By Johanne Bouchard EBS Business Columnist

There are steps you can take to maximize the opportunities to successfully grow your business.

As a company founder, recognize if you’re an asset or a liability to the growth of your business. No matter how proud you are of the business you’ve successfully launched, if you can’t grow it hire someone to step in. I’ve been brought in by many investors to mediate situations where founders weren’t effectively scaling a company. Identify relationships early that will create an optimal scenario for all stakeholders: you, as well as your employees, customers, investors and partners.

Focus. It’s imperative that you don’t diversify too early. Focus on growing the sectors that can build a sustainable business and brand recognition. Avoid constantly changing your positioning by reacting to the competition. While being fully aware of the competitive landscape, stay on course with a clear strategy.

Build your infrastructure and automate what you must. Regardless of the size of your business, the sooner you can implement the right systems to help you scale, the more efficient and effective you’ll be. I’ve seen too many companies confronted with the challenges of growing while trying to remain savvy regarding operational efficiency as they scale up.

Monitor. It’s important to actively track as much data as you can about your business during its early stages. Ideally, you’ve entered into this venture with a well-researched hypothesis about what it will take to thrive. Once your “doors are open,” you’re in an active testing period that requires careful monitoring. This should include:

-Meticulous financial record keeping, including detailed return on investment regarding all business costs
-An up-to-the minute database and customer relationship management of prospects
-Up-to-date, real-time inventory monitoring
-Regular reviews of employee performance

You need to be in a position to take a “business pulse” and to have an accurate status report at any time.

Be flexible. If any aspect of your original hypothesis isn’t producing the expected results, you must have the humility to adapt. Many businesses fail because the people behind them refuse to reconsider their choices when something isn’t working. Don’t let stubbornness sink your venture!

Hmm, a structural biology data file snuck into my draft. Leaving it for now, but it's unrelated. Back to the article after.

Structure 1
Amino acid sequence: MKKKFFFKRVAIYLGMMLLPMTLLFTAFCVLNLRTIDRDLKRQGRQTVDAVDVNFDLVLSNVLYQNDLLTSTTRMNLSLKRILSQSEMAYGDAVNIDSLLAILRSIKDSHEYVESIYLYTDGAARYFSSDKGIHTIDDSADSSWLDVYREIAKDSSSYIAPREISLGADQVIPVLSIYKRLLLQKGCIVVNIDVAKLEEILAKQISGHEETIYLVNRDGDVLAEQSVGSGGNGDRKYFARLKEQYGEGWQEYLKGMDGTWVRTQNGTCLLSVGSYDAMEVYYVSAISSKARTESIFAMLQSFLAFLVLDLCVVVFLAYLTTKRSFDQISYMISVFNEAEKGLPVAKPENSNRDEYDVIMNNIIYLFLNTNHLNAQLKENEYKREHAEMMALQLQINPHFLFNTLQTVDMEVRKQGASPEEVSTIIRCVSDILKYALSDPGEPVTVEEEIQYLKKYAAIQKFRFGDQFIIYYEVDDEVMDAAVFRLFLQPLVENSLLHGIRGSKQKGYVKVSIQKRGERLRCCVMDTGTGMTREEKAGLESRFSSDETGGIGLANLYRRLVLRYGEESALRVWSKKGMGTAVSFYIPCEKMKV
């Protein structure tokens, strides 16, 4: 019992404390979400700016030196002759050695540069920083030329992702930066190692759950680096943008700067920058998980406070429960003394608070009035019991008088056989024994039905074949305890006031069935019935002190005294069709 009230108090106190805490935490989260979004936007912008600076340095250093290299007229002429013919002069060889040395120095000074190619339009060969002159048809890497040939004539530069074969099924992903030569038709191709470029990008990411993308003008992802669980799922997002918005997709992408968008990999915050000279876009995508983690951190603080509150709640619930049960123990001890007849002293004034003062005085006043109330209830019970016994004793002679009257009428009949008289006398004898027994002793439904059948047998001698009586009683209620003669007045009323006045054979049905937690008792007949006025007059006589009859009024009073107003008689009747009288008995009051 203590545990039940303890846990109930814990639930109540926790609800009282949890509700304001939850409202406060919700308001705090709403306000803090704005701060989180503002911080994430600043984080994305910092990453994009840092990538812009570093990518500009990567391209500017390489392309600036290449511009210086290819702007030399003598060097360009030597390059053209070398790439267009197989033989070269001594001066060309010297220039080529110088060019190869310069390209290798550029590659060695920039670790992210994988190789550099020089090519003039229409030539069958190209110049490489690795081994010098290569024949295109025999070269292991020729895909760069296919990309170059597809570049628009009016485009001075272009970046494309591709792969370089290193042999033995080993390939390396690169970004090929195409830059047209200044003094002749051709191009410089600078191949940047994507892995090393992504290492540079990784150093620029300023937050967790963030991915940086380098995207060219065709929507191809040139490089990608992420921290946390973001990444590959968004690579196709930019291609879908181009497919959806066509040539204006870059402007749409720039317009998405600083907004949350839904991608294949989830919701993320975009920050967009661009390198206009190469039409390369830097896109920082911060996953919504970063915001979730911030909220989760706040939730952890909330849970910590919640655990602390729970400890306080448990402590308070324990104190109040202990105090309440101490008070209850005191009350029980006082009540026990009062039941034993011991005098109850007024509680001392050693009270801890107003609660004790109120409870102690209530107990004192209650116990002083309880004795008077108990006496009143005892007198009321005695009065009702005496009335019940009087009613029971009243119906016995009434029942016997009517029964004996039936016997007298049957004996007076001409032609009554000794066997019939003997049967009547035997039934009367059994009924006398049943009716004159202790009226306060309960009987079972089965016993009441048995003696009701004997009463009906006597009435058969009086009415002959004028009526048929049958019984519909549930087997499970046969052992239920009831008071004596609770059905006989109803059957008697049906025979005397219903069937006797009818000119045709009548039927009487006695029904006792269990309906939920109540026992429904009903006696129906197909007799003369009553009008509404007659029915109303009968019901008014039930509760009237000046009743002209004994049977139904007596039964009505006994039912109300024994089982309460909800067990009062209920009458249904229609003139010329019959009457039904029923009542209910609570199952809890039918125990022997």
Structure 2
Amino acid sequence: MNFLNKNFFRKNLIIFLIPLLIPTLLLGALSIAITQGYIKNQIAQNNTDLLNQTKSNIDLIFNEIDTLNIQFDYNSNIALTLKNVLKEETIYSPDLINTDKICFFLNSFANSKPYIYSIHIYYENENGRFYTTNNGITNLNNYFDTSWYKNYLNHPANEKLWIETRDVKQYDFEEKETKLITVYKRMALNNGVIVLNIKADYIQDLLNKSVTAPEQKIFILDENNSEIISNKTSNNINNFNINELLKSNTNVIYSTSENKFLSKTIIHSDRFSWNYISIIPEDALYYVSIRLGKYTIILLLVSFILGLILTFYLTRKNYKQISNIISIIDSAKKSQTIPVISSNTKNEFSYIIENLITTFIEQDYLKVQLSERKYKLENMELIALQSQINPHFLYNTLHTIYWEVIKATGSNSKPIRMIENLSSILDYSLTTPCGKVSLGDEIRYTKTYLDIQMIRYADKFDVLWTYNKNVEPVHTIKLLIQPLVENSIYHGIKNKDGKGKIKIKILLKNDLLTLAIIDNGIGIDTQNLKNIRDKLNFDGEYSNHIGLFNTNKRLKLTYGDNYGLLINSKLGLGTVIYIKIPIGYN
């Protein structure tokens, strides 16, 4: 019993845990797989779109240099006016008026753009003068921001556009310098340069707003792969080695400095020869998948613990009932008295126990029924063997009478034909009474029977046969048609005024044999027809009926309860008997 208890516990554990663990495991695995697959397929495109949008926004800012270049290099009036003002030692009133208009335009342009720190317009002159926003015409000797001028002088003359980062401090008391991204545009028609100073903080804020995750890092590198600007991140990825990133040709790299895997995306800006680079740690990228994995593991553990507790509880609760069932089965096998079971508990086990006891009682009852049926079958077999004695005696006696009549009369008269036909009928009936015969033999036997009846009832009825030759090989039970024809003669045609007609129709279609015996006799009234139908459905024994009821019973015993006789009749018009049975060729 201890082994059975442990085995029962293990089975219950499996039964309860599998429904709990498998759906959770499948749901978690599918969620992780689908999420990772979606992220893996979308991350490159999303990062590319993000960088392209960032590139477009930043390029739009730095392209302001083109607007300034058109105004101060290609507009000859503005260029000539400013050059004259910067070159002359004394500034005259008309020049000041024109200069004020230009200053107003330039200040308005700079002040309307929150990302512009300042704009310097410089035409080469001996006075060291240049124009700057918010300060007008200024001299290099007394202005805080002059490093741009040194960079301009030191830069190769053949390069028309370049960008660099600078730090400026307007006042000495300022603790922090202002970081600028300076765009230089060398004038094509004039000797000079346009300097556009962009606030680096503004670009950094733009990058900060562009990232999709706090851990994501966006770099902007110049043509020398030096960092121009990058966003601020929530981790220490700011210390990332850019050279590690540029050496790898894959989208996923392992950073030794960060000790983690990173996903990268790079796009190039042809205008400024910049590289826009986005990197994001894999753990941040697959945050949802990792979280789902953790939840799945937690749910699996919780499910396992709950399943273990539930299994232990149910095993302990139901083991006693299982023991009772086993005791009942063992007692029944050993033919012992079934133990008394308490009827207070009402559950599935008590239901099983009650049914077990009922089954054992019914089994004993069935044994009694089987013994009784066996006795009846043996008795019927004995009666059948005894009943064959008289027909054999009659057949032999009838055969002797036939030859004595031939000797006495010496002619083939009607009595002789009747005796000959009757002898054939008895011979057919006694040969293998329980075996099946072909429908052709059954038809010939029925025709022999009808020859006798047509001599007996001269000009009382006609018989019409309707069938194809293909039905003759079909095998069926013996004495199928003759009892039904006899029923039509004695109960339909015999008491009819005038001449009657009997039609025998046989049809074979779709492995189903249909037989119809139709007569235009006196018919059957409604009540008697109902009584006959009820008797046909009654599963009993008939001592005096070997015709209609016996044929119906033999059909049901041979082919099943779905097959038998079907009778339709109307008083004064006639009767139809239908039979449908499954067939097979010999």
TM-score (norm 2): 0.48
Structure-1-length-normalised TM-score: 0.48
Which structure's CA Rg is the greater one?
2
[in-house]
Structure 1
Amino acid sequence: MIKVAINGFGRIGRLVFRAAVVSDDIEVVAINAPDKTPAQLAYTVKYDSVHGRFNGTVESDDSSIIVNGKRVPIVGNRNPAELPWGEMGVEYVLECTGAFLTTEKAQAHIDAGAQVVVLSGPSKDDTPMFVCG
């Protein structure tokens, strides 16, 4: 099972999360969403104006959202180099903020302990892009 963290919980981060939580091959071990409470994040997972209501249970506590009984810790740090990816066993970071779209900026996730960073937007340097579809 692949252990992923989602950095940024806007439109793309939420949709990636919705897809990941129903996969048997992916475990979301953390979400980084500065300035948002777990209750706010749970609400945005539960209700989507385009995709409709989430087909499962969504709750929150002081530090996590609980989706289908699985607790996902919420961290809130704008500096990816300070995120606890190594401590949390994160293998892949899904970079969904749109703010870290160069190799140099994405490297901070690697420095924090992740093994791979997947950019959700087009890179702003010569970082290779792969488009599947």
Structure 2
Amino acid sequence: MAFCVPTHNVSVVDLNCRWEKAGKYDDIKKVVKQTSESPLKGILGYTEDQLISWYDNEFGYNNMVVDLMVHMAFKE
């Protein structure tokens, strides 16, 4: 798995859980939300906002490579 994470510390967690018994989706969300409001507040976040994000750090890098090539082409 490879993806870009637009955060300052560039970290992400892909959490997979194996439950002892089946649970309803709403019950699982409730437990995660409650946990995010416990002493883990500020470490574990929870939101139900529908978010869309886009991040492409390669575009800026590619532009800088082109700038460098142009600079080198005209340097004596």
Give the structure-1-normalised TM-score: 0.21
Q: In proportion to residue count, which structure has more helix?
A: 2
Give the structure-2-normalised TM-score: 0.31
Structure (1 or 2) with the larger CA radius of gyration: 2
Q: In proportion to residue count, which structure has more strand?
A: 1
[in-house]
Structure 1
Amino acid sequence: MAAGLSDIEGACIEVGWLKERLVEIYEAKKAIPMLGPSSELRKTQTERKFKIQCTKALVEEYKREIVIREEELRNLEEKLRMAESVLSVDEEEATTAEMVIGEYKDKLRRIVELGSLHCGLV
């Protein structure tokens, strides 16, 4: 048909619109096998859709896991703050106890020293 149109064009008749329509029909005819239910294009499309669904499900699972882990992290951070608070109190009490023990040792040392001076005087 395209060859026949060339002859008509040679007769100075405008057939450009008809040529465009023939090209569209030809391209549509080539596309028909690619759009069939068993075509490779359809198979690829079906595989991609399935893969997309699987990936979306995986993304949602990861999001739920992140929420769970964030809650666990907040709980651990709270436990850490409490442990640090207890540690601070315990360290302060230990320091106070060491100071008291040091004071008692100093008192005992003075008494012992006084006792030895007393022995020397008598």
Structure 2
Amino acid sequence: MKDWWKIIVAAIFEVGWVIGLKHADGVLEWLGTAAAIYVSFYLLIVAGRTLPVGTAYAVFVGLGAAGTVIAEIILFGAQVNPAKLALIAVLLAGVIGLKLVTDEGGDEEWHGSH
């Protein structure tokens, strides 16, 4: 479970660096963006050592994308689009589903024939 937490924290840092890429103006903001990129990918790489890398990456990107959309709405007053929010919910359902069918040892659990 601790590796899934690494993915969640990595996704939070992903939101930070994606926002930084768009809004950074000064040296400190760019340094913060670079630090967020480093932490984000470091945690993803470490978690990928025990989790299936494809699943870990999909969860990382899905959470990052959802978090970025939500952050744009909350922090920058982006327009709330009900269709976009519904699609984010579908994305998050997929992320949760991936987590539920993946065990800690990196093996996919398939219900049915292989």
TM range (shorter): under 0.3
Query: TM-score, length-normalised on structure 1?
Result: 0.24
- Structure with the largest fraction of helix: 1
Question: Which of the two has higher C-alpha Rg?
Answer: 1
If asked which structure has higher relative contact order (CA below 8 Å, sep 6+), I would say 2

Have comprehensive contingency plans in place. A fixation on “what ifs” can inhibit progress, but it’s important to consider them in business planning. Unexpected challenges should inform your choices regarding purchasing insurance; securing legal counsel and financial advisors; making succession plans for yourself and key staff members; maintaining files of back-up vendors who can meet unanticipated needs; and purchasing emergency supplies like a back-up generator, for example. Know when your suppliers are unable to deliver goods, and be proactive in identifying services and products that can supplement your revenue stream.

Marketing never stops. If you’ve got money in the budget to promote the launch of your new business, but haven’t thought about promoting it post-launch, you’ve skipped an important step. The likelihood that your launch will be so successful that you’ll never have to actively market again is pretty slim.

Talk to someone who knows the landscape. If you’re new to business ownership, you can save yourself a great deal of “learning the hard way” by talking to a professional advisor about how to set up effective systems. And know when having an advisory board is right for you. The cost of doing it right from the beginning will pay dividends in the long term.

Remember, growth and operational efficiency are not mutually exclusive!

Johanne Bouchard, a former high-tech marketing executive, is a leadership advisor to CEOs, executives and entrepreneurs, as well as an expert in corporate board composition and dynamics. Visit to learn more or download her recently published eBooks “Board Composition” and “Board Basics.”